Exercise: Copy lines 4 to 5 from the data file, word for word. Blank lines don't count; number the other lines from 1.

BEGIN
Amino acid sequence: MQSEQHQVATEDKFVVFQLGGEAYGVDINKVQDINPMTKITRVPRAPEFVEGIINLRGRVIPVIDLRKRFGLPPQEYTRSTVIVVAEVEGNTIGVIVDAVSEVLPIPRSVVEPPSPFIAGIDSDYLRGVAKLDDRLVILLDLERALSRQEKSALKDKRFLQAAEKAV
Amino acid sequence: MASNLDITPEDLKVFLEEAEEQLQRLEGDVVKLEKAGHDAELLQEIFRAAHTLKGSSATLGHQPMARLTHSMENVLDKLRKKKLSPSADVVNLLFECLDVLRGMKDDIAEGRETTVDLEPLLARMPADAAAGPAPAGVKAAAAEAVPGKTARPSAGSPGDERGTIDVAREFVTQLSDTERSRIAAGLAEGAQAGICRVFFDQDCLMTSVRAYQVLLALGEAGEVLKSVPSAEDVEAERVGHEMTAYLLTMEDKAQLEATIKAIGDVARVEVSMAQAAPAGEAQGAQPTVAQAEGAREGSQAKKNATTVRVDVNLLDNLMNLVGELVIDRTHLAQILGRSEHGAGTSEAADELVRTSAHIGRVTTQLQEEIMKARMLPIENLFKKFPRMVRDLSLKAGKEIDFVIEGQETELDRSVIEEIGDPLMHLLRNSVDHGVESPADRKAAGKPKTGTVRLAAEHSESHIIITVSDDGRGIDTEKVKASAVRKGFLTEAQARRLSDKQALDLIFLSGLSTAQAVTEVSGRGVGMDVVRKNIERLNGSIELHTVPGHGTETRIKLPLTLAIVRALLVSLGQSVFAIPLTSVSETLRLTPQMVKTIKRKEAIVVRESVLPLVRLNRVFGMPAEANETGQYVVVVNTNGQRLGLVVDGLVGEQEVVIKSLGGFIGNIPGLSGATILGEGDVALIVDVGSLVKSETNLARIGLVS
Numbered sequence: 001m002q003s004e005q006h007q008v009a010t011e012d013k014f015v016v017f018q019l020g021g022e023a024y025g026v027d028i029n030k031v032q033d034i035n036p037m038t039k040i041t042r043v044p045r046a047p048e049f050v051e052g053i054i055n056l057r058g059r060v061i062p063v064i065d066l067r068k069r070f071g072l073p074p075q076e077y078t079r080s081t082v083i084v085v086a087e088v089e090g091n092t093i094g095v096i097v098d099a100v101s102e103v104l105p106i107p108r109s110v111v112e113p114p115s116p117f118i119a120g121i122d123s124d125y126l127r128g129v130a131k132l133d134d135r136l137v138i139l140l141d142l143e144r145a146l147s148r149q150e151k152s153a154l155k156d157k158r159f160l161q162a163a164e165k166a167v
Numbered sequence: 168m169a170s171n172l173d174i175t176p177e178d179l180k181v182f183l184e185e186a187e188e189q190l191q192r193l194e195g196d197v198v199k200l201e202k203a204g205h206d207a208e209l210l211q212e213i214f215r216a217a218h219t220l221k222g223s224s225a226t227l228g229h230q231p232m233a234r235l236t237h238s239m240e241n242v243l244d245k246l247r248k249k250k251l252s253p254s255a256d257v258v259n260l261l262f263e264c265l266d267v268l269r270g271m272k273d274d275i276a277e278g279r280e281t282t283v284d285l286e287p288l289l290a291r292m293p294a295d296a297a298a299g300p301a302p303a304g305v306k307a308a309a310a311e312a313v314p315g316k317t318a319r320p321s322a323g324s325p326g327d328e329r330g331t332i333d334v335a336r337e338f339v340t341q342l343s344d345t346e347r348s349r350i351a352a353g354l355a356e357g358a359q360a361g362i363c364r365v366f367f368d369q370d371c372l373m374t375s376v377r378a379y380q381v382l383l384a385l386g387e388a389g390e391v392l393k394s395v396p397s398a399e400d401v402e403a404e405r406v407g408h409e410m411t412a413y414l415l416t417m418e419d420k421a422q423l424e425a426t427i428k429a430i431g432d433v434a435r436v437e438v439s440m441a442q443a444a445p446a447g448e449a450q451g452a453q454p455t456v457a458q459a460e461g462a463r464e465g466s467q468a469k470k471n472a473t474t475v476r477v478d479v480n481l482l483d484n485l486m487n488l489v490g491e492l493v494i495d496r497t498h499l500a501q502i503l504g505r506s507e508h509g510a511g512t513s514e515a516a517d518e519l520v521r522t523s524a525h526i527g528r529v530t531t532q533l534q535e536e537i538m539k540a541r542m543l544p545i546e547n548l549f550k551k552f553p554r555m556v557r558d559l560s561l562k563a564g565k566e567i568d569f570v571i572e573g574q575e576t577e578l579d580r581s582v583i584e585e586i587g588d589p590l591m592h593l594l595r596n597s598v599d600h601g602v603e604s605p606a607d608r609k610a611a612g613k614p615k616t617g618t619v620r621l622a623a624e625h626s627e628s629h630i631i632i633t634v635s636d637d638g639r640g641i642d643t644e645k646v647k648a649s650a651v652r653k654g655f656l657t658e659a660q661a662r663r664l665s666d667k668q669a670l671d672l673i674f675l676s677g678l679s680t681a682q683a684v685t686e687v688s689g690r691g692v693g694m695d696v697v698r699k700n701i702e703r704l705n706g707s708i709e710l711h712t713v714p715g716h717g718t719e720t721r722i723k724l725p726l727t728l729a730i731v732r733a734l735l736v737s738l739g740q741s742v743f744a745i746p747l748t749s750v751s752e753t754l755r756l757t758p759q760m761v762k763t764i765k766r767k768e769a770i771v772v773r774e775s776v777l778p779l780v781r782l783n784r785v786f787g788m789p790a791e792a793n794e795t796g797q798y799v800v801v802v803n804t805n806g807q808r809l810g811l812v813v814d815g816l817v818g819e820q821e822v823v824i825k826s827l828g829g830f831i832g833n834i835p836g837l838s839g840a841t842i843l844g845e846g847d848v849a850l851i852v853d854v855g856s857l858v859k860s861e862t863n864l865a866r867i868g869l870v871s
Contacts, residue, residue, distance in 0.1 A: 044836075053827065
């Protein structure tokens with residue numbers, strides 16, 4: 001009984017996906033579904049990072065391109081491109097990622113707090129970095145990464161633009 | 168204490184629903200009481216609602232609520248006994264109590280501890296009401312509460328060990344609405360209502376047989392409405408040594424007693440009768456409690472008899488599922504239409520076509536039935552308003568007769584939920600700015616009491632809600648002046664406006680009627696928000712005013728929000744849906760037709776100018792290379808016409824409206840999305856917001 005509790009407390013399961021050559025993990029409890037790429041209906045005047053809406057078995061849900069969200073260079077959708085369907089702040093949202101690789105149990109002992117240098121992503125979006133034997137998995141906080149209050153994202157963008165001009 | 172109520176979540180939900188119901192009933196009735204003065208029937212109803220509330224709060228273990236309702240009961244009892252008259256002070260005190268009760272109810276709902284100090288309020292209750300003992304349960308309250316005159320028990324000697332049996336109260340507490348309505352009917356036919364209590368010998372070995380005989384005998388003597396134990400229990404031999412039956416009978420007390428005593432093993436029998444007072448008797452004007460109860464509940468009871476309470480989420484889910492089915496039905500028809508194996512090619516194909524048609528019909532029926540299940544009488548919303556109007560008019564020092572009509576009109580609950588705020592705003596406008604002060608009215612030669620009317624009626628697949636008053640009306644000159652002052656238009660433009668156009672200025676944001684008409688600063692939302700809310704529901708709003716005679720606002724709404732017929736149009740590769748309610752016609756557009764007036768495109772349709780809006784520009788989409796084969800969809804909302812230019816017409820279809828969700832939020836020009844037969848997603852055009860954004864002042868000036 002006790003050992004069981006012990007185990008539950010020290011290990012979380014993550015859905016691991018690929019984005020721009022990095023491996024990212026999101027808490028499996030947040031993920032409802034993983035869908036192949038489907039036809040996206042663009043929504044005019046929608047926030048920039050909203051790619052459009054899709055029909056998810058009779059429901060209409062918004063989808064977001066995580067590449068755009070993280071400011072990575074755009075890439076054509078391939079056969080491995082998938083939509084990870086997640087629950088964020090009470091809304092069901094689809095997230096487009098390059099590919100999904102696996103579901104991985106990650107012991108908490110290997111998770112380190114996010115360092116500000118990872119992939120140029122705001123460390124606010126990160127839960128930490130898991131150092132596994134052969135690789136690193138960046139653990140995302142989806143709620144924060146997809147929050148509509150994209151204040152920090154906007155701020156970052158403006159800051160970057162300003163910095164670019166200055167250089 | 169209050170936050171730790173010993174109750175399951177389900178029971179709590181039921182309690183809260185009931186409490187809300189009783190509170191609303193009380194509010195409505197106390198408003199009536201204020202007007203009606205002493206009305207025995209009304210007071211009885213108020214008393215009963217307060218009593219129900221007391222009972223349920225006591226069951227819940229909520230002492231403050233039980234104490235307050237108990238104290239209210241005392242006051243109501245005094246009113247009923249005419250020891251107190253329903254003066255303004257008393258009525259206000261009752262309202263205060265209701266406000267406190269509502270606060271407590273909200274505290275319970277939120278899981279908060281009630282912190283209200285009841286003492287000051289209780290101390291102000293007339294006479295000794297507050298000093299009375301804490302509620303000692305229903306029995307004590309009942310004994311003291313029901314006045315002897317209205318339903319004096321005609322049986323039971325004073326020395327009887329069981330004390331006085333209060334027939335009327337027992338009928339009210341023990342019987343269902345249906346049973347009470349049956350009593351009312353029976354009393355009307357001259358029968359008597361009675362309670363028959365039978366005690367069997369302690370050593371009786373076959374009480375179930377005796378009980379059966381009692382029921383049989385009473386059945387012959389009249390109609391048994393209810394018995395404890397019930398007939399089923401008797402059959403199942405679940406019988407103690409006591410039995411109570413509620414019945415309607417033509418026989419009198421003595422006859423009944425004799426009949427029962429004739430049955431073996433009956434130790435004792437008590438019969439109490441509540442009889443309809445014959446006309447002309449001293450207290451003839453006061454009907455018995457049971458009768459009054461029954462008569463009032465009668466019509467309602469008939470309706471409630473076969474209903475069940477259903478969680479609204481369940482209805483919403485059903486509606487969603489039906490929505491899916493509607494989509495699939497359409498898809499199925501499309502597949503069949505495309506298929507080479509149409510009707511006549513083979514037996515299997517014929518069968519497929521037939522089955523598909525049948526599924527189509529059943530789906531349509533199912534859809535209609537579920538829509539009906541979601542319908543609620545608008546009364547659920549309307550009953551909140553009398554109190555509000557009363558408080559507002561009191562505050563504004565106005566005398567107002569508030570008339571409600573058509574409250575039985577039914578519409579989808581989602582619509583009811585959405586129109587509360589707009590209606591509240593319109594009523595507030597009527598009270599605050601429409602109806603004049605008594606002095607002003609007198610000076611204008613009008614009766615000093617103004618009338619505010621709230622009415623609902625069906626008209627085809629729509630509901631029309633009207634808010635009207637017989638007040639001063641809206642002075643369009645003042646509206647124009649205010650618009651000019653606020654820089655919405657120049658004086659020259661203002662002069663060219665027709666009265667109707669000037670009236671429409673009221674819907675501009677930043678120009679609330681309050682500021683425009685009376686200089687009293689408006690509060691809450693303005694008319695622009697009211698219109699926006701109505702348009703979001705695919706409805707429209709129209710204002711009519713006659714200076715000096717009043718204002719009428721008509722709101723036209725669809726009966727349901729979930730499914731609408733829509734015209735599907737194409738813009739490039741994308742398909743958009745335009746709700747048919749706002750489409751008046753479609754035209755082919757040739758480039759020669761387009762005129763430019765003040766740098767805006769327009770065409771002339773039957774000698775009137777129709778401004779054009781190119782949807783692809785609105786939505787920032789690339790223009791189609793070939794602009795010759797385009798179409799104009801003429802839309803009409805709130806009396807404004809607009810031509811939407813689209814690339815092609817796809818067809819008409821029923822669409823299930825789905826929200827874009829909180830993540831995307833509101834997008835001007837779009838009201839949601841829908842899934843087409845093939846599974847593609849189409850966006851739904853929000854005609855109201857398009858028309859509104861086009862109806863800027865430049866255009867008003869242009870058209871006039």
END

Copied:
Numbered sequence: 168m169a170s171n172l173d174i175t176p177e178d179l180k181v182f183l184e185e186a187e188e189q190l191q192r193l194e195g196d197v198v199k200l201e202k203a204g205h206d207a208e209l210l211q212e213i214f215r216a217a218h219t220l221k222g223s224s225a226t227l228g229h230q231p232m233a234r235l236t237h238s239m240e241n242v243l244d245k246l247r248k249k250k251l252s253p254s255a256d257v258v259n260l261l262f263e264c265l266d267v268l269r270g271m272k273d274d275i276a277e278g279r280e281t282t283v284d285l286e287p288l289l290a291r292m293p294a295d296a297a298a299g300p301a302p303a304g305v306k307a308a309a310a311e312a313v314p315g316k317t318a319r320p321s322a323g324s325p326g327d328e329r330g331t332i333d334v335a336r337e338f339v340t341q342l343s344d345t346e347r348s349r350i351a352a353g354l355a356e357g358a359q360a361g362i363c364r365v366f367f368d369q370d371c372l373m374t375s376v377r378a379y380q381v382l383l384a385l386g387e388a389g390e391v392l393k394s395v396p397s398a399e400d401v402e403a404e405r406v407g408h409e410m411t412a413y414l415l416t417m418e419d420k421a422q423l424e425a426t427i428k429a430i431g432d433v434a435r436v437e438v439s440m441a442q443a444a445p446a447g448e449a450q451g452a453q454p455t456v457a458q459a460e461g462a463r464e465g466s467q468a469k470k471n472a473t474t475v476r477v478d479v480n481l482l483d484n485l486m487n488l489v490g491e492l493v494i495d496r497t498h499l500a501q502i503l504g505r506s507e508h509g510a511g512t513s514e515a516a517d518e519l520v521r522t523s524a525h526i527g528r529v530t531t532q533l534q535e536e537i538m539k540a541r542m543l544p545i546e547n548l549f550k551k552f553p554r555m556v557r558d559l560s561l562k563a564g565k566e567i568d569f570v571i572e573g574q575e576t577e578l579d580r581s582v583i584e585e586i587g588d589p590l591m592h593l594l595r596n597s598v599d600h601g602v603e604s605p606a607d608r609k610a611a612g613k614p615k616t617g618t619v620r621l622a623a624e625h626s627e628s629h630i631i632i633t634v635s636d637d638g639r640g641i642d643t644e645k646v647k648a649s650a651v652r653k654g655f656l657t658e659a660q661a662r663r664l665s666d667k668q669a670l671d672l673i674f675l676s677g678l679s680t681a682q683a684v685t686e687v688s689g690r691g692v693g694m695d696v697v698r699k700n701i702e703r704l705n706g707s708i709e710l711h712t713v714p715g716h717g718t719e720t721r722i723k724l725p726l727t728l729a730i731v732r733a734l735l736v737s738l739g740q741s742v743f744a745i746p747l748t749s750v751s752e753t754l755r756l757t758p759q760m761v762k763t764i765k766r767k768e769a770i771v772v773r774e775s776v777l778p779l780v781r782l783n784r785v786f787g788m789p790a791e792a793n794e795t796g797q798y799v800v801v802v803n804t805n806g807q808r809l810g811l812v813v814d815g816l817v818g819e820q821e822v823v824i825k826s827l828g829g830f831i832g833n834i835p836g837l838s839g840a841t842i843l844g845e846g847d848v849a850l851i852v853d854v855g856s857l858v859k860s861e862t863n864l865a866r867i868g869l870v871s
Contacts, residue, residue, distance in 0.1 A: 044836075053827065